Nissan spent years trying to swipe a domain name


#1

Originally published at: https://boingboing.net/2018/03/25/nissan-spent-years-trying-to-s.html


#2

Their attitude shows in their cars also. Real junk.


#3

I believe that 25 years ago when Mr. Nissan registered his business, Nissan cars was actually called Datsun. No resemblance whatsoever. Surely that fact, in itself would have been enough to to have the case thrown out?


#4

And yet he had to spend $3 million of his own money to fight them.


#5

The American legal system is incredibly skewed in favor of deep pockets.

That said, the sensible outcome would be to sell the domain for a good price and register uzinissan.com instead.

His claim on the domain boils down to “I grabbed it first”. Which isn’t really something that automatically grants the moral high ground. The sympathy derives entirely from the David/Goliath optics of the struggle, the way this plays out across the ostensibly neutral dispute resolutions system and the implications for other instances where an individual finds themselves in conflict with a major economic player. But Nissan Motors getting nissan.com and Uzi Nissan getting compensation ($ 15 mil., if I understand the article correctly) would be a superior outcome all around.


#6

it frankly doesn’t. AND that non-fact doesn’t really back up the point you’re making with it.

let me guess, you are not a lawyer?


#7

I am a lawyer.

And yes, legally his case is entirely sound. But that doesn’t change the fact that it’s entirely based on him acquiring the relevant domain first (for legitimate purposes).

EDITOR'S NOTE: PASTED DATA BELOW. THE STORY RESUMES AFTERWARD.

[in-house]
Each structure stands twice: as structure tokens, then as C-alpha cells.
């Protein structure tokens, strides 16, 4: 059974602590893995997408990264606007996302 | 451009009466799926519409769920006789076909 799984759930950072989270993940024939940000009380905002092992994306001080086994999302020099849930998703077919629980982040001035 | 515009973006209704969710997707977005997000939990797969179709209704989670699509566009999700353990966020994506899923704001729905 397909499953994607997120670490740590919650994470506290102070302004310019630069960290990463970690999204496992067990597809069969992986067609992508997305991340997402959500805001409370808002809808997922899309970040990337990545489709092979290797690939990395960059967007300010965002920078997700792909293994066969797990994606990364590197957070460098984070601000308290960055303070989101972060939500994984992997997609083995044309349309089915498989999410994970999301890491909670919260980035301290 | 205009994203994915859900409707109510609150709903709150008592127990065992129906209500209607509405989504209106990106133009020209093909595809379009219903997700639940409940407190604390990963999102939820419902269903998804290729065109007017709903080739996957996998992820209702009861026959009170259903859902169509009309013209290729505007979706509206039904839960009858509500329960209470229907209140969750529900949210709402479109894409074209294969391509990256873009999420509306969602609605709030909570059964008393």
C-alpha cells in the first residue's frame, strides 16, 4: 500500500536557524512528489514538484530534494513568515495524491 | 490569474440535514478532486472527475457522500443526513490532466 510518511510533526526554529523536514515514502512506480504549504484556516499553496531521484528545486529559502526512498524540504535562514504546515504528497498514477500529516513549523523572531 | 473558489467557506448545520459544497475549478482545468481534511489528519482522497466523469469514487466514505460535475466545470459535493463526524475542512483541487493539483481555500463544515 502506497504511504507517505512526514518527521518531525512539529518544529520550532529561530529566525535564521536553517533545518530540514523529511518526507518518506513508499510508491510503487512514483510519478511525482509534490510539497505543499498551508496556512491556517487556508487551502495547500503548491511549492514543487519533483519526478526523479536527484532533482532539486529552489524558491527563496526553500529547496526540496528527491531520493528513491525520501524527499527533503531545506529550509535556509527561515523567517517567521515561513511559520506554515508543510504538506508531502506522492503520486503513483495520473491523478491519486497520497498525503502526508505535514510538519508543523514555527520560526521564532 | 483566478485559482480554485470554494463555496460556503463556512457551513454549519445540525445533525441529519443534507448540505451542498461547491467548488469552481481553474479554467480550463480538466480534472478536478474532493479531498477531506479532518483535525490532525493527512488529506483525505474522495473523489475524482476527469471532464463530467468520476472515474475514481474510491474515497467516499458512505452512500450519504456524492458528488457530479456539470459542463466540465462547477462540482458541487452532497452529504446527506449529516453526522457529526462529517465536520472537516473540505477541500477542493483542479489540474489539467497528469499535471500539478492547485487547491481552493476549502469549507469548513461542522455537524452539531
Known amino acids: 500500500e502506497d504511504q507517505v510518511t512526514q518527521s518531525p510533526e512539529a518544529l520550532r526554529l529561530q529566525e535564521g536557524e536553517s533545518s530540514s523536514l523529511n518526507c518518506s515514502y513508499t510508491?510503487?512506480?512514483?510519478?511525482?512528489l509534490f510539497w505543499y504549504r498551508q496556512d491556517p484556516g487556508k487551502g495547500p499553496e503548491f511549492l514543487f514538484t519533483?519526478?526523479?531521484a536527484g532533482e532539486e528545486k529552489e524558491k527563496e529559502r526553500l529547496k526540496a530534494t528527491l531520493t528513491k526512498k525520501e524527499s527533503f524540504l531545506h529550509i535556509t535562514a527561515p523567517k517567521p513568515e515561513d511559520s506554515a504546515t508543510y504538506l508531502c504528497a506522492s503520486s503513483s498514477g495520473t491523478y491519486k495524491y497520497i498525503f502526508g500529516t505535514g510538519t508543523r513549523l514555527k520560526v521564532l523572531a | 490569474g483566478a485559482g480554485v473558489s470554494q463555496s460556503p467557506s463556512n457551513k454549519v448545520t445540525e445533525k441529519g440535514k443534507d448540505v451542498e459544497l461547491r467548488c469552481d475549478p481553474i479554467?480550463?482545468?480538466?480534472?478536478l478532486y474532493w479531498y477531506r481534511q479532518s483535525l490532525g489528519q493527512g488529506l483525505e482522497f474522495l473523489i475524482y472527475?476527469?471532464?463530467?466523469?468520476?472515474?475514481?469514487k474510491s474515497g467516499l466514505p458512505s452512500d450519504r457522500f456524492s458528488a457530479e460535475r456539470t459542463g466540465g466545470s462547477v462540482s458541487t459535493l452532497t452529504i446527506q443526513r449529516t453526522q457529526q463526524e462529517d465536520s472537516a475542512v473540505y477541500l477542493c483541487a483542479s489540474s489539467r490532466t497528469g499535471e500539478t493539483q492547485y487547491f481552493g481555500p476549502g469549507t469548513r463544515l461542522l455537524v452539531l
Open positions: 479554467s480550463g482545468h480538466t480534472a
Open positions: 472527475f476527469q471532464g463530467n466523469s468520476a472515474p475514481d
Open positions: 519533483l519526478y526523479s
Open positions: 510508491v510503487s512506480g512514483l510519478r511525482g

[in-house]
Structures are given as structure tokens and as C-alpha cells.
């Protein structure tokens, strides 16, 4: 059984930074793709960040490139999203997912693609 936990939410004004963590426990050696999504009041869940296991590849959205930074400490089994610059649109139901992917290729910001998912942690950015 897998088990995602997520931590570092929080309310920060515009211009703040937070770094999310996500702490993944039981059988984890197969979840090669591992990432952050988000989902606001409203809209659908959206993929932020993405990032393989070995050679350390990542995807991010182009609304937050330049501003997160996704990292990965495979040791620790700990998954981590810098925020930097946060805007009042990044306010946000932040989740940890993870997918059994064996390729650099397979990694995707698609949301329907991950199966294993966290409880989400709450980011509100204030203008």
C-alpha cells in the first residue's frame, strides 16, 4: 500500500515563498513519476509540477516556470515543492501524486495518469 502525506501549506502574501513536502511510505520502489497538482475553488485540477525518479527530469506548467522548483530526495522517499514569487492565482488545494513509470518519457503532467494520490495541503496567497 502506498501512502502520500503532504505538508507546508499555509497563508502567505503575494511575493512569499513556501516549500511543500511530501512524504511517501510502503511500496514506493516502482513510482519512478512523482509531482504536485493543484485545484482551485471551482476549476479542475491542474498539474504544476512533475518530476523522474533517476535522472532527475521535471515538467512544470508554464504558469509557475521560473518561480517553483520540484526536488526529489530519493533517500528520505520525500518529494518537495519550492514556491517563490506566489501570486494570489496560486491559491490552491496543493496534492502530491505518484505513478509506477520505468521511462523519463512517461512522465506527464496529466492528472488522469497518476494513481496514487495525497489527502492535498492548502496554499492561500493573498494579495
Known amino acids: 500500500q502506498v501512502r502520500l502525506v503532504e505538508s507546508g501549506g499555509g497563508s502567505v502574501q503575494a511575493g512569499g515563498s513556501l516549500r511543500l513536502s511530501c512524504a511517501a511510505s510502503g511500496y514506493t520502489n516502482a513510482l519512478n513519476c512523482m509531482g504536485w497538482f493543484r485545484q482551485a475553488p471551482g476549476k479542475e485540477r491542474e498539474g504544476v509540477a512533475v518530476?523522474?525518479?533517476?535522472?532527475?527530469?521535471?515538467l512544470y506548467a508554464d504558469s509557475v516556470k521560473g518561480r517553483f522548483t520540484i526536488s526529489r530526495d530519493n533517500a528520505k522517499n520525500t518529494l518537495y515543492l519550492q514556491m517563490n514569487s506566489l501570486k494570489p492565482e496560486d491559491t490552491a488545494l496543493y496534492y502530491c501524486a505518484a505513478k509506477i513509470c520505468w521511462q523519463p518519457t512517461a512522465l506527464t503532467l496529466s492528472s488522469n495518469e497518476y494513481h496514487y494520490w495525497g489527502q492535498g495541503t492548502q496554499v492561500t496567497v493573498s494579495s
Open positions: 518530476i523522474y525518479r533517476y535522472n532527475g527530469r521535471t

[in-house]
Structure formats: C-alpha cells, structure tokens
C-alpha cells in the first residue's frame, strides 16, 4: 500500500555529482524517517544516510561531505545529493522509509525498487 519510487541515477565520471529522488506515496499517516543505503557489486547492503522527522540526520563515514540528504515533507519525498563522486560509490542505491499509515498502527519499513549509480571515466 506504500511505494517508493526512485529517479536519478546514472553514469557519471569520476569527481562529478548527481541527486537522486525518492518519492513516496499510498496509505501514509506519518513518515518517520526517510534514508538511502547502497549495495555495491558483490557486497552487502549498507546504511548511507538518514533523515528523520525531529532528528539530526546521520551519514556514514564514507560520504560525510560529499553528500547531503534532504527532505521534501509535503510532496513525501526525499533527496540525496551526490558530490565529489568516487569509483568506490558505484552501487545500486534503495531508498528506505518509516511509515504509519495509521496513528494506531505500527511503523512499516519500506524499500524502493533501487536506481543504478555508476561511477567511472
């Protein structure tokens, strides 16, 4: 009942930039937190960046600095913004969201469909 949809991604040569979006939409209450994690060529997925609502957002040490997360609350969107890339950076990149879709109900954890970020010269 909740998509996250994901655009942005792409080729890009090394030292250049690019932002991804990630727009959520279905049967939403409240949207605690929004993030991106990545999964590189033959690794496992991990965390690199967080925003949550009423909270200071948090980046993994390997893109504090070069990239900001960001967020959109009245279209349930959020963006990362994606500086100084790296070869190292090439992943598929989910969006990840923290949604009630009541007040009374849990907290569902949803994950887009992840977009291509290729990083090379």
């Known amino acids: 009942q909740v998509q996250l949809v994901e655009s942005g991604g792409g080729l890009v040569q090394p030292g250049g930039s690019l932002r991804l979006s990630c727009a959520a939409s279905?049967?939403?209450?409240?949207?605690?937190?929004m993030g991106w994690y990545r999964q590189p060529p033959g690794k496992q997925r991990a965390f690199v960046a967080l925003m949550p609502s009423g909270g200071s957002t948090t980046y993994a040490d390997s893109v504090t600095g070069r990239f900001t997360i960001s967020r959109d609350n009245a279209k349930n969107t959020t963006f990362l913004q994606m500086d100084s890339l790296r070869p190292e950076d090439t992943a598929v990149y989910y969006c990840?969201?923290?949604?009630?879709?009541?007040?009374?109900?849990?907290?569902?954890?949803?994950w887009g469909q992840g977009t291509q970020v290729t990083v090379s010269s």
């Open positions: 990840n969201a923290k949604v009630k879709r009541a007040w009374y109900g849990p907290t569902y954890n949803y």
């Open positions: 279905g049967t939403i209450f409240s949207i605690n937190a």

#8

For those who wish to support the little guy, Nissan.com offers the following services:

T1 internet connections, server colocation, Web hosting, web site development, computer repair, and programming services (ms access/excel, or Linux programming).

It’s a very sparse website, you’re supposed to call or write for more details.


#9

Nissan’s been Nissan for a very long time. Founded in the 30’s. And 25 years ago the Datsun name had been out of use for over a decade.


#10

I remember the name Datsun was dropped in the early 80s.


#11

The article doesn’t actually mention any numbers offered by Nissan to buy the domain. The guy says that when they initially asked how much to buy it, he said $15m. He claims this was a rhetorical way of saying “it’s not for sale”, though I suspect that’s partly bullshit.

But you’re right, if Nissan had actually paid him $15m at the start, it’d be a very different story, and not one that painted him as a hero in most people’s eyes, given that he’d be taking 30+ factory worker’s salaries for doing nothing. And of course, by hanging on to the domain he may have cost Nissan more than that in lost sales. But capitalism doesn’t have any good way to allocate unowned valuable resources (like domain names or ambergris); in that scenario it just works like a pure lottery.